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Military deployed at London hospitals due to Omicron staff shortages | Coronavirus



The armed forces are being deployed to help hospitals in London deal with a surge in Covid patients because the Omicron variant is leaving so many staff sick and unable to work.

Of the 200 military personnel involved, 40 are doctors who will help NHS staff look after patients. The other 160 personnel, who have no medical training, will check in patients, ensure stocks are maintained and would also be “conducting basic checks”, the Ministry of Defence said.

Some have already started work and they are expected to support the NHS in the capital until the end of the month.

The announcement comes two days after Boris Johnson said he hopes England can “ride out” the current wave of Covid-19 without further restrictions, but did acknowledge parts of the NHS would feel “temporarily overwhelmed” by Omicron.


Health union leaders, although grateful for the help, have said this latest move means the government can no longer be “dismissive” of concerns about “delivering safe care”.

Thousands of NHS staff have been off work each week in London, which last month became the first part of the country to see a huge wave of Covid cases caused by the new strain, leaving hospitals struggling to cope with unprecedented levels of staff absence.

Chris Hopson, the chief executive of hospitals group NHS Providers, welcomed the assistance from personnel from what is thought to be all three armed forces. But he said that their arrival underlined the extent of NHS understaffing.

“Trust leaders will welcome the support of colleagues from the armed forces during what continues to be an incredibly challenging time for the NHS in London.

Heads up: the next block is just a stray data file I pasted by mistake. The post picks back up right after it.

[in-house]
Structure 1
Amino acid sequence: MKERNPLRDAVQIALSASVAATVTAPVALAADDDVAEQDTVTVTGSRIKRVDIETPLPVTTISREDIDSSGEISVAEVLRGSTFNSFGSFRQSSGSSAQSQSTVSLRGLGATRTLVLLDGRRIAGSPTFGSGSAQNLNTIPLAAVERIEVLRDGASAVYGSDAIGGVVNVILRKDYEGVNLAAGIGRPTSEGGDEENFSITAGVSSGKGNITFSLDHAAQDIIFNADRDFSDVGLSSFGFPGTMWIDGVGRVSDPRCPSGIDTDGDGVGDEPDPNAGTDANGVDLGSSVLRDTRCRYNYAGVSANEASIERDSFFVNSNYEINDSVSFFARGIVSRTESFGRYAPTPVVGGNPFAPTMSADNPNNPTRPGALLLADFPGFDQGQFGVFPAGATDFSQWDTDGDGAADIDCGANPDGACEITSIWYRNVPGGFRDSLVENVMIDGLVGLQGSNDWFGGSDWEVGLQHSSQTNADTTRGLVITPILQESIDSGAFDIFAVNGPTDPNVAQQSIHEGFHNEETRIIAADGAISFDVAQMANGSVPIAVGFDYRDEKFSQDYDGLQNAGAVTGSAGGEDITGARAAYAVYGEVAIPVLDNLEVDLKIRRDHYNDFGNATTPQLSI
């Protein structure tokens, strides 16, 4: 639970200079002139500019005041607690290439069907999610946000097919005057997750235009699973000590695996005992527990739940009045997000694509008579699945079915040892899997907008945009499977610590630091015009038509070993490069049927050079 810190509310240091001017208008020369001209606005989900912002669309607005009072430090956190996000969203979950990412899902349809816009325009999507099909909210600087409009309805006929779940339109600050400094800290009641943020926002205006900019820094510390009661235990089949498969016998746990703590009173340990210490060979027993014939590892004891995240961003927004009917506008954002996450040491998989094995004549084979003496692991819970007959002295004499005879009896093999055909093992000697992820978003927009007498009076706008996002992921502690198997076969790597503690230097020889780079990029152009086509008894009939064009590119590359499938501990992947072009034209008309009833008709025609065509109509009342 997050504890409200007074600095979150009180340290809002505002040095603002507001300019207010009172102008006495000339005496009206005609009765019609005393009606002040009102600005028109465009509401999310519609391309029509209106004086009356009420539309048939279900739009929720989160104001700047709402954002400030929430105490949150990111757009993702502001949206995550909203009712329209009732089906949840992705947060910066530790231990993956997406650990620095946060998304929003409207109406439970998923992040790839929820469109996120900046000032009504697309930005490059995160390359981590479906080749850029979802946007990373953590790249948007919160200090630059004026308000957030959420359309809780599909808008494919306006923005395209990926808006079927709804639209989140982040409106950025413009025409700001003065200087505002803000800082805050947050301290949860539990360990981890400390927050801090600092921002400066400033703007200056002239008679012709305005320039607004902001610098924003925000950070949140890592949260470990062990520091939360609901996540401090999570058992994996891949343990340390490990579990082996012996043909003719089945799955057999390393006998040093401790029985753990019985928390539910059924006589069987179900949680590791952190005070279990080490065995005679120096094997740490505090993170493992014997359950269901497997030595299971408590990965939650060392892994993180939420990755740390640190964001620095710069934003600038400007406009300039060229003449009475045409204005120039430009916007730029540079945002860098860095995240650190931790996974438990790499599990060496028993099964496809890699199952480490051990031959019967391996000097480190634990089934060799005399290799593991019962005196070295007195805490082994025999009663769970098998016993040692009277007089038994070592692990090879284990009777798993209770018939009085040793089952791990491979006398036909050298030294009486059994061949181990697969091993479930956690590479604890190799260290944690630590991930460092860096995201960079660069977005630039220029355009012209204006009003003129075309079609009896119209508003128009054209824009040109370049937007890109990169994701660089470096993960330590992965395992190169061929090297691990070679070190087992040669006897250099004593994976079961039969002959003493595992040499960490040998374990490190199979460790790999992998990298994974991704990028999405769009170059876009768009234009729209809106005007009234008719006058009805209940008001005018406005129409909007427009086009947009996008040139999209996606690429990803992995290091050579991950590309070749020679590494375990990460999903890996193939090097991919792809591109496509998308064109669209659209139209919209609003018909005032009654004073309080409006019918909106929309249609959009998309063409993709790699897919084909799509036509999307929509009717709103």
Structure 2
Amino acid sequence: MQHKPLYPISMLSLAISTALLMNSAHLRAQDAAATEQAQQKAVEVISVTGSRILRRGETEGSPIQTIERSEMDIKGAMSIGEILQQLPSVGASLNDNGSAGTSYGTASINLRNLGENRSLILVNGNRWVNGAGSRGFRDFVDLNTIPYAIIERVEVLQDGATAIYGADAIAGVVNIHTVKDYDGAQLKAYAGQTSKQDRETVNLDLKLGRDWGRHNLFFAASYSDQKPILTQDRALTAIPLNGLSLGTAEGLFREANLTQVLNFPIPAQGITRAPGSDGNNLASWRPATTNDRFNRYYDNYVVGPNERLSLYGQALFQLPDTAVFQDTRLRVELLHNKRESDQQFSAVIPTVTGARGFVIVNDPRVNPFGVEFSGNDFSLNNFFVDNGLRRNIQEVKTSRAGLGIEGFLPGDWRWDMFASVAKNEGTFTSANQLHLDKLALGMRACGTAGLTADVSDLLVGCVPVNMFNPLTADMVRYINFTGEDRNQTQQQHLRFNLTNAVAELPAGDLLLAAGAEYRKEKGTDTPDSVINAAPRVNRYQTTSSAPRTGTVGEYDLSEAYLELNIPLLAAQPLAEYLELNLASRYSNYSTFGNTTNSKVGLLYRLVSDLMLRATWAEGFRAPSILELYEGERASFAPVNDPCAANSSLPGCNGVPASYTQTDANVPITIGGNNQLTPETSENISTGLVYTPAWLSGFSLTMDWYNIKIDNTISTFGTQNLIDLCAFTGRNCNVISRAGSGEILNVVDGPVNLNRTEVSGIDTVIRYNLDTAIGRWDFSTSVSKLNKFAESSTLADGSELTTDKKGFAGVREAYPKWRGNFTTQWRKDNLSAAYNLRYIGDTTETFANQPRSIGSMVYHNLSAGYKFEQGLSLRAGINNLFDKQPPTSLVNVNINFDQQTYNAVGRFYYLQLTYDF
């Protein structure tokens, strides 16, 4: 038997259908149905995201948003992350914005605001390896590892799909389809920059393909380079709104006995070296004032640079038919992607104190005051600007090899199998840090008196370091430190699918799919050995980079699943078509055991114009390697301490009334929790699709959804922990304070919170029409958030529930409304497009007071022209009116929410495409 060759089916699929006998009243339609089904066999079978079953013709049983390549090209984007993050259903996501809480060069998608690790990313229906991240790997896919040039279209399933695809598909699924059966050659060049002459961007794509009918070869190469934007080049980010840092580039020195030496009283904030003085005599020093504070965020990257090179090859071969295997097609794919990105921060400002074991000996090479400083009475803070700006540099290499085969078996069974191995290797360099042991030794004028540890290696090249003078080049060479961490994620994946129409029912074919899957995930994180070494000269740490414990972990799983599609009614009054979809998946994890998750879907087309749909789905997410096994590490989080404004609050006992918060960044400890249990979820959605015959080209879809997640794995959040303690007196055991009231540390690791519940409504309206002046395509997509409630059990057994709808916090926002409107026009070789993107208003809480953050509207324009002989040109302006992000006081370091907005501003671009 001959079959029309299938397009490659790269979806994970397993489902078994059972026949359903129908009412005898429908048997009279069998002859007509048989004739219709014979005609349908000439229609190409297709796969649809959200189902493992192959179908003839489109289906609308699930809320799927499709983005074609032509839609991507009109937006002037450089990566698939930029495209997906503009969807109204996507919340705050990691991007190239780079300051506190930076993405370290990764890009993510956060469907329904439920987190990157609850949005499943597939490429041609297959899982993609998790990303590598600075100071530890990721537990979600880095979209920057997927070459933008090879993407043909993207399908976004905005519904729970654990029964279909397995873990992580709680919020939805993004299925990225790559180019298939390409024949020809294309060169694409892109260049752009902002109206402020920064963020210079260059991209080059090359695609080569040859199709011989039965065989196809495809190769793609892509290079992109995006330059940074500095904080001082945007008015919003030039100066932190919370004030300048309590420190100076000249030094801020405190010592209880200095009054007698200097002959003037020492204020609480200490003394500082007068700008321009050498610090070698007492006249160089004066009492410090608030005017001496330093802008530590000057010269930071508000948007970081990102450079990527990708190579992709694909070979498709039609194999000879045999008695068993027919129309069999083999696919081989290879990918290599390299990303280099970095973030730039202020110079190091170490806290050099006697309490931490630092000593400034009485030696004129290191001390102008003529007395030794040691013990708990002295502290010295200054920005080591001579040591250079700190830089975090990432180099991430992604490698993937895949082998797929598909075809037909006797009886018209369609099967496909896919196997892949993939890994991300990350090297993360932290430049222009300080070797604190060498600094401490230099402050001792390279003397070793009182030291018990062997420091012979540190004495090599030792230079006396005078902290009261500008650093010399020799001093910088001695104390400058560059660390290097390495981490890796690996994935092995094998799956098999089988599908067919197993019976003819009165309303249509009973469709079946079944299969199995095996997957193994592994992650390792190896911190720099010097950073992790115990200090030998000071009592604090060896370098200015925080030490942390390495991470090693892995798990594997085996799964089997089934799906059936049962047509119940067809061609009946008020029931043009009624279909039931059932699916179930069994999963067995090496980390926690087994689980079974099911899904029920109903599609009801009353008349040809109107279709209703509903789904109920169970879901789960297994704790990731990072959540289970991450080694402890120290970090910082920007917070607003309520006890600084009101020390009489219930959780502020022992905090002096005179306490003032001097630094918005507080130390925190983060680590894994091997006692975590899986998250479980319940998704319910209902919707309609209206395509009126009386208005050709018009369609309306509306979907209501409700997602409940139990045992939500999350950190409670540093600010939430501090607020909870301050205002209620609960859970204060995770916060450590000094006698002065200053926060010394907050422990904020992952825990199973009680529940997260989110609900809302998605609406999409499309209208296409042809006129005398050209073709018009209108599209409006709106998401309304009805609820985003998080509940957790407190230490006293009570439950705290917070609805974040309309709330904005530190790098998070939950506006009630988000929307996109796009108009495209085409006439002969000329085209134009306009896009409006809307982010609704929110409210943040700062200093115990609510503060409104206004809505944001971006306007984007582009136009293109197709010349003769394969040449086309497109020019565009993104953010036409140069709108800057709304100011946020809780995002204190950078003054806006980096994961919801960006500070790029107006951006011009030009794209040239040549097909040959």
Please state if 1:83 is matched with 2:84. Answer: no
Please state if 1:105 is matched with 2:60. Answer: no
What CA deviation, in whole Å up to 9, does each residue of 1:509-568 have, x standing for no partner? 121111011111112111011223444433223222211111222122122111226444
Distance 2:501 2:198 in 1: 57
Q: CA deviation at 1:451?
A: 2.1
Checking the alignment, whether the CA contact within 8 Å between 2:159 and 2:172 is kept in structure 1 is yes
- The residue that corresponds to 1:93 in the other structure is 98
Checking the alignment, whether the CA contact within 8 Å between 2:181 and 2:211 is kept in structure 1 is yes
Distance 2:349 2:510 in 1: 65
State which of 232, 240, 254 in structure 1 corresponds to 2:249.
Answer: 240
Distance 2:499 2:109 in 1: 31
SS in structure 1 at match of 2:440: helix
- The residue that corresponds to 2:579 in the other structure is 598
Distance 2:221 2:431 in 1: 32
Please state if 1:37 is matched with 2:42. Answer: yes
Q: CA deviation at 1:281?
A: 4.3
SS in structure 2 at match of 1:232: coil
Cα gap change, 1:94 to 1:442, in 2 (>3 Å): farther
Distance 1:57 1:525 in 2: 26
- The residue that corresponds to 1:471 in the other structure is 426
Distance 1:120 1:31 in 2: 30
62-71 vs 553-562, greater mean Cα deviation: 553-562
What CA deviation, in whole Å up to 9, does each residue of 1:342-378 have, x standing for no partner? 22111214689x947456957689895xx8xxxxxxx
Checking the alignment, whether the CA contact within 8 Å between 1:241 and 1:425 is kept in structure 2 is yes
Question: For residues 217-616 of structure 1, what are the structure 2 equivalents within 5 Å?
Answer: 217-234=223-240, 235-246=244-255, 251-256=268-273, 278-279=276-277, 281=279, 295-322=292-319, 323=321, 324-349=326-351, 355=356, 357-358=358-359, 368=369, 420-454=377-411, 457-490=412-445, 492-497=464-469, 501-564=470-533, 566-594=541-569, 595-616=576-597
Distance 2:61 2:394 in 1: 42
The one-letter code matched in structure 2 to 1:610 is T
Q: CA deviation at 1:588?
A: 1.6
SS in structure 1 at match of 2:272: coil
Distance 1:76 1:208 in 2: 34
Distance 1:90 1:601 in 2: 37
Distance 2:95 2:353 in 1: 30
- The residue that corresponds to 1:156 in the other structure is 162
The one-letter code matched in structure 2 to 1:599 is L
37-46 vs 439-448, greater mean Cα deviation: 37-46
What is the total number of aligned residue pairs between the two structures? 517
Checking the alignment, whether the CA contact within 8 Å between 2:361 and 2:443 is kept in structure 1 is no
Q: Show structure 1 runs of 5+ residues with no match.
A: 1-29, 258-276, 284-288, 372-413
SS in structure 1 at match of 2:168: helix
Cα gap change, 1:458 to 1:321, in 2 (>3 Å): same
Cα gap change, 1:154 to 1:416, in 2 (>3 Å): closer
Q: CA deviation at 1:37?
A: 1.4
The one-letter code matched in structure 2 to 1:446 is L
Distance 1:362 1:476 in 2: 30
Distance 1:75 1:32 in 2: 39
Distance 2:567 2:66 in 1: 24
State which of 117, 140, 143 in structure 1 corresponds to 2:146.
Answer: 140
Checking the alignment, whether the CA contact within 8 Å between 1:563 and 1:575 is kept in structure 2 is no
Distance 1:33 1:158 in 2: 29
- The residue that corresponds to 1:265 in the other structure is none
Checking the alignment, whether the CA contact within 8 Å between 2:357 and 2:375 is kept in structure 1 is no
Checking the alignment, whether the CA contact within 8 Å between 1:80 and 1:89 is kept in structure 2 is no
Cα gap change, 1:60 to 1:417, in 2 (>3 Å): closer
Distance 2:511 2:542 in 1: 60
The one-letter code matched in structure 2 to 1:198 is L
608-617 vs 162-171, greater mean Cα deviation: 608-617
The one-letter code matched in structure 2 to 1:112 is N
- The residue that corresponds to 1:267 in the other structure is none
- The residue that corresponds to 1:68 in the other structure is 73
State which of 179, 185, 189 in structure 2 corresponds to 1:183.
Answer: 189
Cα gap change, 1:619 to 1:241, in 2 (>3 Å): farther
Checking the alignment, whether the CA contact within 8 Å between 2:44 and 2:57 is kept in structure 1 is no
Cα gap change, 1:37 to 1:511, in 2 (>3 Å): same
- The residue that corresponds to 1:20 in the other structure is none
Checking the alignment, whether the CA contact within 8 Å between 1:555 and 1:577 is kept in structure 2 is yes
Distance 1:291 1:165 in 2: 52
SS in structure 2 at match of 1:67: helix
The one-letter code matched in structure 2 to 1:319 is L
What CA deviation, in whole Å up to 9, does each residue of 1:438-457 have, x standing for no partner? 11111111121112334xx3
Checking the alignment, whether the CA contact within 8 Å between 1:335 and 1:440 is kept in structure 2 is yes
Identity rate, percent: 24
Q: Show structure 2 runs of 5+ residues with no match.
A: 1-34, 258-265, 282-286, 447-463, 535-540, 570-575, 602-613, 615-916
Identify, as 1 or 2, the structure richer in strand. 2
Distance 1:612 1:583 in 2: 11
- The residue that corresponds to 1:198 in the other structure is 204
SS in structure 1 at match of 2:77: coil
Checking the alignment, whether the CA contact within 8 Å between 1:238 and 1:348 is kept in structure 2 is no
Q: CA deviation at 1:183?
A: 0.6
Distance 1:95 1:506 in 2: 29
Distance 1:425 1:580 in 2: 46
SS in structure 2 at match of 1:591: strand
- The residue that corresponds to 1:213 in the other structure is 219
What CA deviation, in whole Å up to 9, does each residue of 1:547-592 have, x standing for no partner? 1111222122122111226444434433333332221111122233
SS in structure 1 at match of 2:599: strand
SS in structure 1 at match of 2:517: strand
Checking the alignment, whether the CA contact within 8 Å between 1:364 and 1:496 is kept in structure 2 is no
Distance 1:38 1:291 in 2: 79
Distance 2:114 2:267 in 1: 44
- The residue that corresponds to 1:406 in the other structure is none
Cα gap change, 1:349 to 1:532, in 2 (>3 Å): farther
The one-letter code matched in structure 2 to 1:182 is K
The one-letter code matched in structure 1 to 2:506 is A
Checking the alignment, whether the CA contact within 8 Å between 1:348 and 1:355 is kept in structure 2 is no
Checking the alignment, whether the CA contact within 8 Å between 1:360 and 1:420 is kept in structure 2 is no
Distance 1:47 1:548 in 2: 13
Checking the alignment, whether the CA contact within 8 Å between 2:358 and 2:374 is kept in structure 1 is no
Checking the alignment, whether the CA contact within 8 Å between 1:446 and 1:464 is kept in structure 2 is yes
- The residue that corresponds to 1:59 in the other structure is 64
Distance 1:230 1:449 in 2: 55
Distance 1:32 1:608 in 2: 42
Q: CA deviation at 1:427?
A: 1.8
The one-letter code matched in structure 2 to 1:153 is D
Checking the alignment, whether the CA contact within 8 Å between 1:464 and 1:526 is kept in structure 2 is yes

“The fact that we need to call upon army medics and general duty personnel at all underlines the sheer scale of the workforce challenges the NHS is facing.


“The experience of the pandemic makes plain underlying issues which need resolution – the need for a national long-term plan for the health and care workforce, ongoing challenges with vacancies and recruitment pre-dating the pandemic by a number of years.”

Hospitals elsewhere in England, which are seeing dramatic increases in Covid admissions, may also seek military aid, Hopson added.

The news came as the UK reported a further 179,756 Covid cases on Thursday, with the number of people infected with the Omicron variant continuing to increase rapidly.

The latest figures – which reflect infections picked up by testing – bring the UK total for the past seven days to 1,272,131, up 29% on the week before. The true number of infections is estimated to be substantially higher as not all infections are captured by the testing programme.

The data also showed that in England there are 17,988 Covid patients in hospital, up from 15,659 the day before, with a further 231 deaths within 28 days of a positive Covid test reported in the UK on Thursday.


Military personnel have helped out in hospitals in previous waves of the pandemic and continue to assist the ambulance services in Wales and Scotland and have also been helping the booster programme.

The Royal College of Nursing said the deployment proved that the NHS is critically short of staff and asked for assurances that those involved have the skills to help look after patients.

“The government can no longer deny the staffing crisis in the NHS. The prime minister and others can no longer be dismissive of questions about the ability of NHS staff to deliver safe care,” said Patricia Marquis, its nursing director for England.

“Once the military has been brought in, where does the government turn next in a bid to ‘ride out’ the wave rather than deal with it?

“Nursing staff might welcome any extra help at work right now, but we need to know that the government isn’t compromising patient and professional standards in any way.”


Hopson earlier said soaring infection rates in the north of England mean that one NHS trust expects to have 30% more Covid cases next week than it had at the last peak.

He fears that hospitals outside the capital will not be as able to cope with the new wave of admissions as those in London. He said this was because they had deeper staffing problems, higher levels of sickness and absence, older populations and in some cases worse social care provision.

Some trusts outside London have as many as 19% of their staff absent because of Covid, much higher than the 10% off sick or isolating that other NHS organisations have been reporting, he added.

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